Published online by Cambridge University Press: 19 August 2019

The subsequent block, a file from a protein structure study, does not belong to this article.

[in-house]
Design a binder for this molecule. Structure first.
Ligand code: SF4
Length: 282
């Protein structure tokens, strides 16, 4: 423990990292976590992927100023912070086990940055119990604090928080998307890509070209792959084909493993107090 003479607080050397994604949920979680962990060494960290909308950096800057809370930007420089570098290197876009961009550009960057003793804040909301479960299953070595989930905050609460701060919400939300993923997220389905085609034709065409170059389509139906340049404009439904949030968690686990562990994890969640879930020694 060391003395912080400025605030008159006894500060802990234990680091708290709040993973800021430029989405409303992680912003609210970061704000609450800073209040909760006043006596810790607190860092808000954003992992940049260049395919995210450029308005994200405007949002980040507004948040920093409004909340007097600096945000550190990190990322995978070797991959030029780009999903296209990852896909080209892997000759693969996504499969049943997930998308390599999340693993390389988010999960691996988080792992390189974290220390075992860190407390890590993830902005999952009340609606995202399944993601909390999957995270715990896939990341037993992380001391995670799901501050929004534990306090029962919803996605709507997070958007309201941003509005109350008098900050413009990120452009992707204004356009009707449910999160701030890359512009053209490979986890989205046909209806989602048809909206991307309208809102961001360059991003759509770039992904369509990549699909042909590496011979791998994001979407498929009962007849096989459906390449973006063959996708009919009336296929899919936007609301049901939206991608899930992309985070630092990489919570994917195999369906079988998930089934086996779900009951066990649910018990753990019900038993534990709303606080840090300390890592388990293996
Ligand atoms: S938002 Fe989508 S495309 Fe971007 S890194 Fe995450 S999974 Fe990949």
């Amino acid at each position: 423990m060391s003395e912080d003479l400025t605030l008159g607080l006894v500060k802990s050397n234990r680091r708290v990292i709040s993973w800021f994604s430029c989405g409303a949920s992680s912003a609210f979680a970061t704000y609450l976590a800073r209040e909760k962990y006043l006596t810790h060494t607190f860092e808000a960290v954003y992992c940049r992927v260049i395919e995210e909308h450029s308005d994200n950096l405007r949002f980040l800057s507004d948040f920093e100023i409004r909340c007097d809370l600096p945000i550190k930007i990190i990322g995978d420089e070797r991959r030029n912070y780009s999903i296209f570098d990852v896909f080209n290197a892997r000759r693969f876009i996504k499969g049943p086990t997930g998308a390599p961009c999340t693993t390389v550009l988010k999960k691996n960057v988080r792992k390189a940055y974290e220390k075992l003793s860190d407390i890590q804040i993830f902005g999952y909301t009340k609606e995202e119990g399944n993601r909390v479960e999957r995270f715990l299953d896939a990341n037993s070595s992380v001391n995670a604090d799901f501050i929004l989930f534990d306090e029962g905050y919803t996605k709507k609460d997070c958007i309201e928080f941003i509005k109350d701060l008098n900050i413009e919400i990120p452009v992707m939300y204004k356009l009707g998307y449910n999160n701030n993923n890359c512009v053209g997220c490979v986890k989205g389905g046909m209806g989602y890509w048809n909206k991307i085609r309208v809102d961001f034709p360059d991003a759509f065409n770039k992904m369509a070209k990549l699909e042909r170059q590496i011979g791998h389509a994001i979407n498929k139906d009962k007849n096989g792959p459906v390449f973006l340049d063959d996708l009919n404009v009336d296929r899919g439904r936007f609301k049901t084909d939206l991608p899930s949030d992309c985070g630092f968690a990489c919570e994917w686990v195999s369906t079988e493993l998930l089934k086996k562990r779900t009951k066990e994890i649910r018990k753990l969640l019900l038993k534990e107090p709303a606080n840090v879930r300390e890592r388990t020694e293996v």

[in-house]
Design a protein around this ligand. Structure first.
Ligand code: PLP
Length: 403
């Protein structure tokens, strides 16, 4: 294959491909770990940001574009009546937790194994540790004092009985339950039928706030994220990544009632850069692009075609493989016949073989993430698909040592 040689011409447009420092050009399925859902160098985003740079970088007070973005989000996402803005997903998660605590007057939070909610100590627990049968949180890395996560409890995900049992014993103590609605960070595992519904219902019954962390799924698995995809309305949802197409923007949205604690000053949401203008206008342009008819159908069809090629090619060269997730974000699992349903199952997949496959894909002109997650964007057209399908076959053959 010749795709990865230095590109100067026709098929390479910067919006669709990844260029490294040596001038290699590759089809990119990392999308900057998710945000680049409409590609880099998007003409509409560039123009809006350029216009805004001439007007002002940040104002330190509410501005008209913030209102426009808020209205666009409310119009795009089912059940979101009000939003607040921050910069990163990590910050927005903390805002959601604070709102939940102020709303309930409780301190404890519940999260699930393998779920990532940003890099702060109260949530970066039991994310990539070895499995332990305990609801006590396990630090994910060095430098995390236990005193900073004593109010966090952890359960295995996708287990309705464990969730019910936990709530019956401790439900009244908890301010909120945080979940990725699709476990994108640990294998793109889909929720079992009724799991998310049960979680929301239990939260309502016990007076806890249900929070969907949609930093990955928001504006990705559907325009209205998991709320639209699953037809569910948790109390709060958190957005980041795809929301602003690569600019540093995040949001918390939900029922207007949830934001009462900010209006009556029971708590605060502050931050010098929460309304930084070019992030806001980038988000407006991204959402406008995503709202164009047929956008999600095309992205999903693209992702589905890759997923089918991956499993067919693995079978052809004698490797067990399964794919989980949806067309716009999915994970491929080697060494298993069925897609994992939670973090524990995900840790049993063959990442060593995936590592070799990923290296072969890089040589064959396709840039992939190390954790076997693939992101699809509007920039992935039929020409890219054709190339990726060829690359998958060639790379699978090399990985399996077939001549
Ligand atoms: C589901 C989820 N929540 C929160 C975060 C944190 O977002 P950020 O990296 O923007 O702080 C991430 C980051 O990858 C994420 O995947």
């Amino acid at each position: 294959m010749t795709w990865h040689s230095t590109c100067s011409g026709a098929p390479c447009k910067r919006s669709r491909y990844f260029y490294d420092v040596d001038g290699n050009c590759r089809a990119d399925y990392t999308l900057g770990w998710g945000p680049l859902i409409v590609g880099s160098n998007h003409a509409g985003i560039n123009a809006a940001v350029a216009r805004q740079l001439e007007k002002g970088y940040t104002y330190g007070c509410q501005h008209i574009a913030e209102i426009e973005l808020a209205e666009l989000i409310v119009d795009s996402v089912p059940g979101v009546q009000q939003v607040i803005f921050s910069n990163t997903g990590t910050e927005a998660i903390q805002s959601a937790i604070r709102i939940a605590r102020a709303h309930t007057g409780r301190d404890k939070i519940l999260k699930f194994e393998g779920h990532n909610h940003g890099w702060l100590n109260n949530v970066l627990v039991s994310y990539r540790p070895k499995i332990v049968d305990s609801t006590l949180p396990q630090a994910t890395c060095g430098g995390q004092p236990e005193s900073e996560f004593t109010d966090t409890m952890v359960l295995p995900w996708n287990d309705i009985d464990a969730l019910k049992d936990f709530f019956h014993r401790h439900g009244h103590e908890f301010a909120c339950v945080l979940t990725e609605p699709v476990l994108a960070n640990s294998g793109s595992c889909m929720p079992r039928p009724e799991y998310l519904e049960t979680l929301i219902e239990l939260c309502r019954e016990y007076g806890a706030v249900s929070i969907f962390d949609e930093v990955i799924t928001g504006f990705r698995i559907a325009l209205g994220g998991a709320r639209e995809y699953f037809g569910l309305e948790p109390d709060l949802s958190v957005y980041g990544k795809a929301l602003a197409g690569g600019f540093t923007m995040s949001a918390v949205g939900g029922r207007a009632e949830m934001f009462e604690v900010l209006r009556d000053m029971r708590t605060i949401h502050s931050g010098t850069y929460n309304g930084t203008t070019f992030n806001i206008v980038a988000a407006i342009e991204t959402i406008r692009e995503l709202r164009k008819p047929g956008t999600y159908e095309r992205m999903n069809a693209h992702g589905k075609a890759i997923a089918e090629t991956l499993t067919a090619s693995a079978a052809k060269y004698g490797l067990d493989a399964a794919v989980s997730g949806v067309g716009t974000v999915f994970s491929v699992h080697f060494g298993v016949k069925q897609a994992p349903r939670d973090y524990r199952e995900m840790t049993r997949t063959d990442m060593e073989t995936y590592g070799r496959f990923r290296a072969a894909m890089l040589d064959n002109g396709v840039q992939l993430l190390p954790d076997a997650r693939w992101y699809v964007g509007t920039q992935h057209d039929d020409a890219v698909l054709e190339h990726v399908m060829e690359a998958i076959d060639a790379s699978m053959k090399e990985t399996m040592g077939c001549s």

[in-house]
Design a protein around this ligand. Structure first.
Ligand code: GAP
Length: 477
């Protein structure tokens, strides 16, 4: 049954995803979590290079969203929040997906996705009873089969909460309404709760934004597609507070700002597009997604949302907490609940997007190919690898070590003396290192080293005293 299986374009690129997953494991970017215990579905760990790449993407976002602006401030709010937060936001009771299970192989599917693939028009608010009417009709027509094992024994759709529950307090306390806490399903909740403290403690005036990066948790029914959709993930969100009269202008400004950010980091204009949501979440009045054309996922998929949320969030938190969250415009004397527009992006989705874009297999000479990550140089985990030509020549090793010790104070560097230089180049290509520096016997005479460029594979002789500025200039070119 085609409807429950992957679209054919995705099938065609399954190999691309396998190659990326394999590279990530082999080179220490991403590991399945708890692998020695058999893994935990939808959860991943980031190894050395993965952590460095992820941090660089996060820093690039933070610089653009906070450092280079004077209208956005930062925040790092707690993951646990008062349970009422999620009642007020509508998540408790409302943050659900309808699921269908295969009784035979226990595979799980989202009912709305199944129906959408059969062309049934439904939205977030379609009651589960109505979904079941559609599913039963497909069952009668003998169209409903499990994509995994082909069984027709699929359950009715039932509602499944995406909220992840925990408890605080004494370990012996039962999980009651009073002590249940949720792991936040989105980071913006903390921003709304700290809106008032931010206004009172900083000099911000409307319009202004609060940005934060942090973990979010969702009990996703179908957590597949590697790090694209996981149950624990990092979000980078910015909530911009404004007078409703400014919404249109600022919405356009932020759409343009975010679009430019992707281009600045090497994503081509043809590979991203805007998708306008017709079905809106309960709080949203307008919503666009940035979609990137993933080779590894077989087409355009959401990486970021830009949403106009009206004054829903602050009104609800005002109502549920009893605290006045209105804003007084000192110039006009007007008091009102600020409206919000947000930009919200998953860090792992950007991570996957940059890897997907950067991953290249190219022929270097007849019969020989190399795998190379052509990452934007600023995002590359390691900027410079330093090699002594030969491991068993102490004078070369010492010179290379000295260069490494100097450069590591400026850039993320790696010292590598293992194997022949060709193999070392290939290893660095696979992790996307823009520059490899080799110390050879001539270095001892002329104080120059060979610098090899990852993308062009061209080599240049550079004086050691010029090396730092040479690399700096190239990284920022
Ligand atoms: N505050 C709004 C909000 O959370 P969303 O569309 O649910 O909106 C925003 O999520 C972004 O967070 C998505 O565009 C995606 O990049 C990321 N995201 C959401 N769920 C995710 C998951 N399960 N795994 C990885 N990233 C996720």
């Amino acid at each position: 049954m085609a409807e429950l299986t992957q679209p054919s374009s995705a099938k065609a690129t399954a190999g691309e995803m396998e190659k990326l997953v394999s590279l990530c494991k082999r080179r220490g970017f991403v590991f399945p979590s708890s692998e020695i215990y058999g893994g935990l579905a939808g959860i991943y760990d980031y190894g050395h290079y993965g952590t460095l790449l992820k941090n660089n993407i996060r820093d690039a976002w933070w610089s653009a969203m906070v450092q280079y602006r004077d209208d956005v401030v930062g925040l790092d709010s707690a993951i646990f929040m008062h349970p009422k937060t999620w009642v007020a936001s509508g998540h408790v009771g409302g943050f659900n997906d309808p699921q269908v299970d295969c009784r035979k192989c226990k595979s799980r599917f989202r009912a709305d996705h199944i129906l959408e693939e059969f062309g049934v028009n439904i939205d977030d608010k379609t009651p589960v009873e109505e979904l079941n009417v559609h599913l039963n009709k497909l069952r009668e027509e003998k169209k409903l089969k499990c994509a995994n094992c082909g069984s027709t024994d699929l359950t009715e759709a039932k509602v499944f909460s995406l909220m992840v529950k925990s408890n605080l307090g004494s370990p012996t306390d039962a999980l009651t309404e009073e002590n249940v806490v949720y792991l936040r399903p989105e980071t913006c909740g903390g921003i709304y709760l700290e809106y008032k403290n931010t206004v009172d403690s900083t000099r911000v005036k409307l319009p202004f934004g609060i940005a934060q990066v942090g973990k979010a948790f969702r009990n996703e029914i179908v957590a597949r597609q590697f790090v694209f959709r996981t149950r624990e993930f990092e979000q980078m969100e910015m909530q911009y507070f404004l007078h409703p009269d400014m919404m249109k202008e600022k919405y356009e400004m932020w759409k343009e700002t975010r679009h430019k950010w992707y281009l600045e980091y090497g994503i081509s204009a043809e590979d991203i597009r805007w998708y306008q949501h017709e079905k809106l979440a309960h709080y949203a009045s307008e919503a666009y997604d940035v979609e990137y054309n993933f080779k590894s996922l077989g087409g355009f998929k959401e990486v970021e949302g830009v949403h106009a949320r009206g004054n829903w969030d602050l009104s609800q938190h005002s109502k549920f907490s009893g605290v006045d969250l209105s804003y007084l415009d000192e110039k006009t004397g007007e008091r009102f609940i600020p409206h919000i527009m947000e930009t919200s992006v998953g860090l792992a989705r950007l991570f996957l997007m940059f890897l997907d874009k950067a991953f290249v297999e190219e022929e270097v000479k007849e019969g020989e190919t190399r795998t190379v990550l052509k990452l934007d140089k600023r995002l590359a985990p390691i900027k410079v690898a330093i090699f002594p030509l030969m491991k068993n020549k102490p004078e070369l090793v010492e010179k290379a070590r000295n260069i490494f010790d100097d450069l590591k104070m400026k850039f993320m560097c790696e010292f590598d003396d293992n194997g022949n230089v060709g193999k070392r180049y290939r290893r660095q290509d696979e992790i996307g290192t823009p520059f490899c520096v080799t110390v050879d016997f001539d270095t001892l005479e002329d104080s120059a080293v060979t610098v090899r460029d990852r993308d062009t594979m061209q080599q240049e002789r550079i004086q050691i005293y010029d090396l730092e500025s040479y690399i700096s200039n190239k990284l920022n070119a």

Chapter 4 reveals the extent of Maria Edgeworth's participation in a form of networked authorship borne out in interactions with her family, previous texts, reviewers, and readers, which can be discerned within her revisions to four of her major novels: Belinda (1801), Patronage (1814), Harrington (1817), and Helen (1834). Her post-publication revisions to Belinda and Patronage are linked, especially in the case of the latter, to her interest in scientific and scholarly knowledge and her struggle to moderate her didactic moralism. This book discusses, for the first time, an early fragmentary version of Harrington, which contained an anti-semitic first-person narrator, which was removed before publication. Edgeworth’s published version was a departure from her usual didacticism, which she attenuated once more in the 1825 edition. Her final novel Helen and her unfinished fiction Take for Granted attest to, perhaps more than any other novels in this project, their collaborative origins: they were influenced by her family and her readers at all stages of the composition process.